a long time ago I stopped trying to convince anybody of anything. people tend to live in fear of what they are not accustomed to so, they resist.
to think that you 'need less' in society that applauds 'having more' doesn't make sense. in itself it's a fringe idea and one that isn't conducive to consumption. the core of ultralight philosophy runs counter to pop-culture.
on the flip-side this idea of 'needing less' can lead to puritanical, self-righteous, extremes. which isn't much better than wanton, fear driven, consumerism.
my 2 centsAug 9, 2013 at 1:52 pm #2013972
I guess that while hiking along the trail, and really enjoying the pure love of just walking in the mountains, it's hard to see folks who outwardly are in pain, or who are expending an obvious amount of effort to move on the trail. I don't want to preach to any of these folks, but I sure feel for them, especially since I know from 35 years of climbing just what it feels like to carry those big loads. I guess as humans we do kind of stick to that maxim of "… will we ever learn…"Aug 12, 2013 at 9:37 am #2014585
ULers often replace heavy gear items with experience and skills, rather than just going out and buying a lighter version. For people who only get out for one trip a year, acquiring those skills may not seem possible. For example, a tarp instead of a tent, or a twig fire instead of a canister stove.
If someone is really into hiking, they'll get out and do it and learn what works for them–at their own pace. I love talking gear and technique with people who are genuinely interested and eager to learn, and I meet more and more of those people. For instance: I regularly drink out of a Platypus at work, which my students find totally intriguing–and just about everyone can appreciate the convenience of a bottle that collapses down to next-to-nothing when it's empty. "Whoa, it's like a reusable Capri Sun!" a kid once exclaimed to me.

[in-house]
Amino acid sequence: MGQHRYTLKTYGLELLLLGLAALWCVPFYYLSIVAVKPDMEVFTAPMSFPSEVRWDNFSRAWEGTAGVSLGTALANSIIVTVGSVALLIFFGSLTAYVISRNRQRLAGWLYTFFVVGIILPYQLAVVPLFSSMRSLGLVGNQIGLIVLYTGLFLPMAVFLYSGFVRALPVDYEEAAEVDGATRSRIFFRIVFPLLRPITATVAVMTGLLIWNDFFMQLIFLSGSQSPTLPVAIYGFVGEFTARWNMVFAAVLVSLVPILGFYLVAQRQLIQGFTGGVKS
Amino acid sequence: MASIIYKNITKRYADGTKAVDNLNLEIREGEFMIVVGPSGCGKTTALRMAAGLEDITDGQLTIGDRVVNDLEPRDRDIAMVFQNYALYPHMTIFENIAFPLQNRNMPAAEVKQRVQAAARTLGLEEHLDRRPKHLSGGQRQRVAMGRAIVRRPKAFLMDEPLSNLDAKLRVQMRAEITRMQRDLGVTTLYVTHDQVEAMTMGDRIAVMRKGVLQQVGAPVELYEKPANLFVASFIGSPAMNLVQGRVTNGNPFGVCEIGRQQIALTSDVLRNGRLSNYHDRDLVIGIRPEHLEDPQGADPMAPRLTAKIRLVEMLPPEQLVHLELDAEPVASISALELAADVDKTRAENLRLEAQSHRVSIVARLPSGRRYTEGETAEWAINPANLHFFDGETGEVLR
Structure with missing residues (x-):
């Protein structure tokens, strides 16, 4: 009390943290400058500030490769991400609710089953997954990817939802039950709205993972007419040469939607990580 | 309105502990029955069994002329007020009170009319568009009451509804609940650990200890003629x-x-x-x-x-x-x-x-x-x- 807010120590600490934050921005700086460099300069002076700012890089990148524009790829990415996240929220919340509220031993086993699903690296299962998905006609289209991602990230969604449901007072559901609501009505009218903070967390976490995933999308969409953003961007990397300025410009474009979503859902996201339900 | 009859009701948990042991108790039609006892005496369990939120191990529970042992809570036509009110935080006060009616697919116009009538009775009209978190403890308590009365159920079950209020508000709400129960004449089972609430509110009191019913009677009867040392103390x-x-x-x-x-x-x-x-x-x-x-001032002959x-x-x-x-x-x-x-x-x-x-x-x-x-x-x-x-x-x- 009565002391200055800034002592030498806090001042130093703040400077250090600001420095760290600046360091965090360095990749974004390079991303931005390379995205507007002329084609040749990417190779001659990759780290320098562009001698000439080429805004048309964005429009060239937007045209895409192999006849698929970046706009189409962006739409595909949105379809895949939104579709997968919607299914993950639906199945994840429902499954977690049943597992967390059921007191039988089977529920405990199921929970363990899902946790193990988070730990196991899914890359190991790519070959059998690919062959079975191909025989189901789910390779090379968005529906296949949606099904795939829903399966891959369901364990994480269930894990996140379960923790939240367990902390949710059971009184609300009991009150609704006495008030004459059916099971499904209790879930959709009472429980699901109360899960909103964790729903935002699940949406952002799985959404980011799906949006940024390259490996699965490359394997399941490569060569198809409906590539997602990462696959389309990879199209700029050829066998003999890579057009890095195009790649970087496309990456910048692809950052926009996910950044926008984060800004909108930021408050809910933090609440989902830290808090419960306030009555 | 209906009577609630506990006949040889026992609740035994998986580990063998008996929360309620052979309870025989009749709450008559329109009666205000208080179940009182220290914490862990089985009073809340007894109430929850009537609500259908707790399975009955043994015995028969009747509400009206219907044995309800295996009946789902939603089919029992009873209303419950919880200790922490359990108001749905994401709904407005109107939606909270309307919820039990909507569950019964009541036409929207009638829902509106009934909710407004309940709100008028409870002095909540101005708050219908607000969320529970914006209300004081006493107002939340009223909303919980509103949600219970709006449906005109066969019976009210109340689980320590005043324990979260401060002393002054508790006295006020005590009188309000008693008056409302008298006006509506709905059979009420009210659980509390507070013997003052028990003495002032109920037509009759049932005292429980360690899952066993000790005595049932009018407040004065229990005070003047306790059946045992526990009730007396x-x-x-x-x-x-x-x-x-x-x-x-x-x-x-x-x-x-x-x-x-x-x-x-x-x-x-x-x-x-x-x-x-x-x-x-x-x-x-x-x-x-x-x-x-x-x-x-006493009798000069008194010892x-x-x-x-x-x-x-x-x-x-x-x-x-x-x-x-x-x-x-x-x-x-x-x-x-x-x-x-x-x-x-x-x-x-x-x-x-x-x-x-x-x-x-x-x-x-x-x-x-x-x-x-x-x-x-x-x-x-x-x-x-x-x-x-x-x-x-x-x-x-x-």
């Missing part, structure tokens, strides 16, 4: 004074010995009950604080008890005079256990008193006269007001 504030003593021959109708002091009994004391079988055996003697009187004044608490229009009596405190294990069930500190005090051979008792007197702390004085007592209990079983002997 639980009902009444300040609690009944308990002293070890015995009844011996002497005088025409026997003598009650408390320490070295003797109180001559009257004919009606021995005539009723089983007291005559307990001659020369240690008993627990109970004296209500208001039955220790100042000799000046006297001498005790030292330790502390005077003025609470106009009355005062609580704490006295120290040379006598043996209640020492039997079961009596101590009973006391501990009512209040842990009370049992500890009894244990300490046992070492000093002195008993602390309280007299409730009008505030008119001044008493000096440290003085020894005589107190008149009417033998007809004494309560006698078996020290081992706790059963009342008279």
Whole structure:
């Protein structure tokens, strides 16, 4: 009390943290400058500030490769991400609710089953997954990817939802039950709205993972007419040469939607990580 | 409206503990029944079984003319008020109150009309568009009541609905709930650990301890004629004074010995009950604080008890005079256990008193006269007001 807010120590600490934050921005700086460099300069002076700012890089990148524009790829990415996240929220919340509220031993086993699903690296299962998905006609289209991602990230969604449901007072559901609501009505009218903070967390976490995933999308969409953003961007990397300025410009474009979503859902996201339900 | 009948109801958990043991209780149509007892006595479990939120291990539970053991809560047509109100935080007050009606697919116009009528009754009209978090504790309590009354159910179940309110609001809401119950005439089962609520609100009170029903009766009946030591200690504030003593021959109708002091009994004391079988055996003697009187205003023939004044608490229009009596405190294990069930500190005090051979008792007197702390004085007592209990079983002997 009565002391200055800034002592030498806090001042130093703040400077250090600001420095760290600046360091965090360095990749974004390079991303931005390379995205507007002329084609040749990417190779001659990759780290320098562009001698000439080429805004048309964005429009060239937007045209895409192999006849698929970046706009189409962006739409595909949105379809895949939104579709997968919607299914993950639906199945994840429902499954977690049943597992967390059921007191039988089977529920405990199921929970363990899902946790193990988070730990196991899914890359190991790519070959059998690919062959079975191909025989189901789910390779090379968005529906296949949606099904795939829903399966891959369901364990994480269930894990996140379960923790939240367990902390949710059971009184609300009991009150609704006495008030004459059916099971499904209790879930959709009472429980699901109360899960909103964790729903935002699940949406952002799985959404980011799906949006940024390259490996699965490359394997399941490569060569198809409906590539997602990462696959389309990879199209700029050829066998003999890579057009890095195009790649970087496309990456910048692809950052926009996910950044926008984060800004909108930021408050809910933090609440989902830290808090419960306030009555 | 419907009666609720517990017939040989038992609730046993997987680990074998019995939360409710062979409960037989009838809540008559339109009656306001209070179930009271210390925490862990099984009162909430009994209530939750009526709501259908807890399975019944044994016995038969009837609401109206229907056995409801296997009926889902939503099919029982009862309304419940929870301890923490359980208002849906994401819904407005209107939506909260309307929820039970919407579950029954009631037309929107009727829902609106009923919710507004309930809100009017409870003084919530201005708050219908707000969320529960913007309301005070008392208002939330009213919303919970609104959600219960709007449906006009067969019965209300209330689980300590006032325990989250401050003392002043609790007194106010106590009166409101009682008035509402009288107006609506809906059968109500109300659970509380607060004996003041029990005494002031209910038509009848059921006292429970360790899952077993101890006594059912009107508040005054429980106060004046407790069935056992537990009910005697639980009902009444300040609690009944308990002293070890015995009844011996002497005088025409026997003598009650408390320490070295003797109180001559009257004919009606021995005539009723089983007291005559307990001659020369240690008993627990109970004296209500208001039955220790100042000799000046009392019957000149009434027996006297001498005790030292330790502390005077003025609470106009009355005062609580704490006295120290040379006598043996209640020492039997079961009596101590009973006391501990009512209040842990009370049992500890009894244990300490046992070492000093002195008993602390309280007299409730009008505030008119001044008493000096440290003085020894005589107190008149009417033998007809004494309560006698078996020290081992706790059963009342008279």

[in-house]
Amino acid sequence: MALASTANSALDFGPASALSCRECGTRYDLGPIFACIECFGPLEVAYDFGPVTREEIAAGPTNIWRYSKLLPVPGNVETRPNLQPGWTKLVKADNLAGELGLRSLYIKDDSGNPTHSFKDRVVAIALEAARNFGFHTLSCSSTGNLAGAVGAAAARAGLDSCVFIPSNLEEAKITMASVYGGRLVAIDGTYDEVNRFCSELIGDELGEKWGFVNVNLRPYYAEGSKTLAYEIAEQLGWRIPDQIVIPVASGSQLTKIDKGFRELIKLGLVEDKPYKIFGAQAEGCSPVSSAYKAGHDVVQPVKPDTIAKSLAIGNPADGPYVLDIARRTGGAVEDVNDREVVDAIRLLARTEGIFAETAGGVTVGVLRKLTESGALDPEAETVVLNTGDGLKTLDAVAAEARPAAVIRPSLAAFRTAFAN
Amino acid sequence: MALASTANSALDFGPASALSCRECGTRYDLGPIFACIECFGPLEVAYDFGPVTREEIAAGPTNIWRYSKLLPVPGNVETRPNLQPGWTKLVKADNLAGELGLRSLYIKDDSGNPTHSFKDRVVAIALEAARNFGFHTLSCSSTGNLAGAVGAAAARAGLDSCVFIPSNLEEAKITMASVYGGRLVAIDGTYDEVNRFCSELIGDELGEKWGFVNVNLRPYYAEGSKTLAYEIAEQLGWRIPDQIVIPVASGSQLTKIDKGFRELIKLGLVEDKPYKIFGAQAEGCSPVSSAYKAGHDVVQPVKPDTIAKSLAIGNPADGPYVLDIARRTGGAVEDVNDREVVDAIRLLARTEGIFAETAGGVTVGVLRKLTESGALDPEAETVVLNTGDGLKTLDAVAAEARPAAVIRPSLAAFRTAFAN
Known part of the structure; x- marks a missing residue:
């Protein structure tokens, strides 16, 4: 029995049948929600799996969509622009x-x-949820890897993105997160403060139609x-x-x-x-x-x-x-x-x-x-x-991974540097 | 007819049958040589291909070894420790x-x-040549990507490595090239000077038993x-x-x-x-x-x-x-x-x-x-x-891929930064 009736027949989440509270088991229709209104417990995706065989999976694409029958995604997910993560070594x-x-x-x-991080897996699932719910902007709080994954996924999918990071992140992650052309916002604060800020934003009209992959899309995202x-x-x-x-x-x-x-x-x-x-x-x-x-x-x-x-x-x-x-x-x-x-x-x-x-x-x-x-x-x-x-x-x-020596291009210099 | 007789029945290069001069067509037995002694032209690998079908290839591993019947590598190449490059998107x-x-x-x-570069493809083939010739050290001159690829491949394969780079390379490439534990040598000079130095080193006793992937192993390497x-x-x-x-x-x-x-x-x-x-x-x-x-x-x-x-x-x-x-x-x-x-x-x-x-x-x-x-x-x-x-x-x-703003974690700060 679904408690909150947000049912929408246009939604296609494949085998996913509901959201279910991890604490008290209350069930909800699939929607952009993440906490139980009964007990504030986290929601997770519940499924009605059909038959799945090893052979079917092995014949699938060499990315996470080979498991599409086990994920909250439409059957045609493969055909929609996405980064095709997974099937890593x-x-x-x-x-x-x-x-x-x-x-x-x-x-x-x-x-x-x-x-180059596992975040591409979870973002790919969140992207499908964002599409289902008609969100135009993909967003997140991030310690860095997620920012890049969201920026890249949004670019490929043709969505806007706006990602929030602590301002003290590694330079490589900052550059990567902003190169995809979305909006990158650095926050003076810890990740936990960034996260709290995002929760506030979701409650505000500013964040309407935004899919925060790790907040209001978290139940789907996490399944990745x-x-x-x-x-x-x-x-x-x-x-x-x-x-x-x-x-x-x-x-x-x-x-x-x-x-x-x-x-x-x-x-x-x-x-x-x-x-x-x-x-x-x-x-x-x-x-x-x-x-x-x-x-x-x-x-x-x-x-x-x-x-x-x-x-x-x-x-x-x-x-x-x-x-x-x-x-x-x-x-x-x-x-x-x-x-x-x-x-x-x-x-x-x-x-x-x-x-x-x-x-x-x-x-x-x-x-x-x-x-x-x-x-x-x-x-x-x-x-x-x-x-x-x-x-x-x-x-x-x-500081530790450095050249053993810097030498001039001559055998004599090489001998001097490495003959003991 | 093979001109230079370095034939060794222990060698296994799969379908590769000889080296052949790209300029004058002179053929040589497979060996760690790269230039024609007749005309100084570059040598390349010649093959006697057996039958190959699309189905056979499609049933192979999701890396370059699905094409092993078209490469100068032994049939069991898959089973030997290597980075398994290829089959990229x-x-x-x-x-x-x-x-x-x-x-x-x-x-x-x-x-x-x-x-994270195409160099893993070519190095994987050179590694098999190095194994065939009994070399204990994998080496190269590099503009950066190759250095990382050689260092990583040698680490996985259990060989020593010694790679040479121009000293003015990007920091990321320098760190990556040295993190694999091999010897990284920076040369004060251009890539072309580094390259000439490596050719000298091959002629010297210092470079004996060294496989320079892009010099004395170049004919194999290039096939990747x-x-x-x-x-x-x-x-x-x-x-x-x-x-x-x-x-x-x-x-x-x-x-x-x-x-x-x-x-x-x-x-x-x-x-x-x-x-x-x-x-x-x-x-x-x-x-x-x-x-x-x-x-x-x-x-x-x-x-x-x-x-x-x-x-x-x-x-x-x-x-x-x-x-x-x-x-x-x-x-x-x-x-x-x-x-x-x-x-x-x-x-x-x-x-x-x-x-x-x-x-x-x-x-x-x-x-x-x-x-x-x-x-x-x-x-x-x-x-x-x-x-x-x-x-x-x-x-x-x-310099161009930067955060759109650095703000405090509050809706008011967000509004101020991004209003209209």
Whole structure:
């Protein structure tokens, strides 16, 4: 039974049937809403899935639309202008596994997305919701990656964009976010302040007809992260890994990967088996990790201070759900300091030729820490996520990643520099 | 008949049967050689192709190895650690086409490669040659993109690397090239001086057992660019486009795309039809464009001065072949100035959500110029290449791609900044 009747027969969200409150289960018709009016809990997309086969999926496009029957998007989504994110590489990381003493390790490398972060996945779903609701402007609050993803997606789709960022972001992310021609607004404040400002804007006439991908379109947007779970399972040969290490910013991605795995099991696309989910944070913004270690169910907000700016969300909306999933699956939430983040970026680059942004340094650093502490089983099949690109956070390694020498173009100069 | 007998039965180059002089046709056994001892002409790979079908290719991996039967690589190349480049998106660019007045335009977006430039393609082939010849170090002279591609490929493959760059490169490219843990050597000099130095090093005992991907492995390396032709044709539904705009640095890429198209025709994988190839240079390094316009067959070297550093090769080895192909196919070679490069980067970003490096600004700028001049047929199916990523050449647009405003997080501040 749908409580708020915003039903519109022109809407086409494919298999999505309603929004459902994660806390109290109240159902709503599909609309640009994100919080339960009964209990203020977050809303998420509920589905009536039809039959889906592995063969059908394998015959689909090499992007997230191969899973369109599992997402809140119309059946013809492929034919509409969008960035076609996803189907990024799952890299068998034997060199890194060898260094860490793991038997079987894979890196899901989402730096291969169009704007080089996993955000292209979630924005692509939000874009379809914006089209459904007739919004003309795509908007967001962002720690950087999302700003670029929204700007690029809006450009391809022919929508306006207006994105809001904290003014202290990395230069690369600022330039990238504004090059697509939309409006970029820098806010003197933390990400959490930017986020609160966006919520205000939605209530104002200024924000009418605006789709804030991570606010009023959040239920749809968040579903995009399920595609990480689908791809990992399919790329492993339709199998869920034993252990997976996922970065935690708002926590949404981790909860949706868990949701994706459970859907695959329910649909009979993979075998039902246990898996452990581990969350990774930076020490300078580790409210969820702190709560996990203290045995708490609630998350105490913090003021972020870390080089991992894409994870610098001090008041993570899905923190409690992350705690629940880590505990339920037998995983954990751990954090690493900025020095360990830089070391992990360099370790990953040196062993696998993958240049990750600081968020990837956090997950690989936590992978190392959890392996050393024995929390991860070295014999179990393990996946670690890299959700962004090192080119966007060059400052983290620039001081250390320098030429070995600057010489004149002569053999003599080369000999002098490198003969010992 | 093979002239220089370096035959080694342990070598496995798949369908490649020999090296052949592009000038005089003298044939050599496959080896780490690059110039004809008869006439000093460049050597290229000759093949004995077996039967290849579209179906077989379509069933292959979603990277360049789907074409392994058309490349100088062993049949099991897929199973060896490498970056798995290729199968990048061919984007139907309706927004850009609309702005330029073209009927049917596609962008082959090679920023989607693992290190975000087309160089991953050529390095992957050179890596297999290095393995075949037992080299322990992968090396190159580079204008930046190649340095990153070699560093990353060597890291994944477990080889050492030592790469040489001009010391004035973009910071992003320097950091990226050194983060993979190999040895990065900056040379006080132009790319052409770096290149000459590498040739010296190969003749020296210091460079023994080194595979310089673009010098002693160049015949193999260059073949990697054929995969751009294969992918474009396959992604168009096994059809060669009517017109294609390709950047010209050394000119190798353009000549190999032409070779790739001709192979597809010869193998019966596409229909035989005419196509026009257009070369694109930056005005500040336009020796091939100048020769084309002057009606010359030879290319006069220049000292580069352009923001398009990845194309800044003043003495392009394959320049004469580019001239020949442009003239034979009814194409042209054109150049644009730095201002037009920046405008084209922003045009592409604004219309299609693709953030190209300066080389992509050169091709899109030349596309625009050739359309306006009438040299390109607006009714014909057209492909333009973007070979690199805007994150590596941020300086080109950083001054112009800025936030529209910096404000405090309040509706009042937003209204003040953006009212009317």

A lot of people I meet who've been bitten by the UL bug are older folks facing the possibility of knee/ankle/hip surgery, back and shoulder problems, etc, who simply wouldn't be able to get out in the mountains if it weren't for UL gear. After being warned you'll never backpack again, it must feel great to get out and prove the medical "experts" wrong.
Younger folks are often resistant to UL gear for lots of reasons. There's an element of machismo to "proving" you can carry a heavy pack up a mountain. When you're young and your body repairs itself easily, you may not be aware of the damage you're doing until years later.
Moreover, many people are intimidated by the apparent cost of replacing gear, especially "Big 3" items; I carried the same pack from the time I was in high school til well after I was done with university. Luckily, it "only" weighed 3 lbs and fit well, but justifying a new pack was very hard for me until I had all but destroyed my first one. And if I didn't hike and travel regularly, it would have taken me a lot longer to destroy that Gregory. :) I'd love a 1 lb shelter, but it's not in the budget right now, so my 2 lb option will have to suffice.
The heart and soul of UL, however, isn't buying fancy gear; it's being able to look long and hard at what you take with you, what you take for granted, and ask yourself whether you really need it or not. I see people carrying 16 oz bottles of Dr Bronners, sunscreen, bug stuff, etc, on weekend trips. Putting your toiletries in mini bottles costs next to nothing!
In my experience, it isn't possible to "convert" people, and I'm not a fan of anyone who treats their beliefs like gospel that must be preached–especially when I'm in the mountains. But, if you're out with an 8 lb base weight and you are clearly safe and comfortable and happy (and good company on the trail), *that* makes a strong impression on other hikers, and is probably the best way to be a UL "ambassador".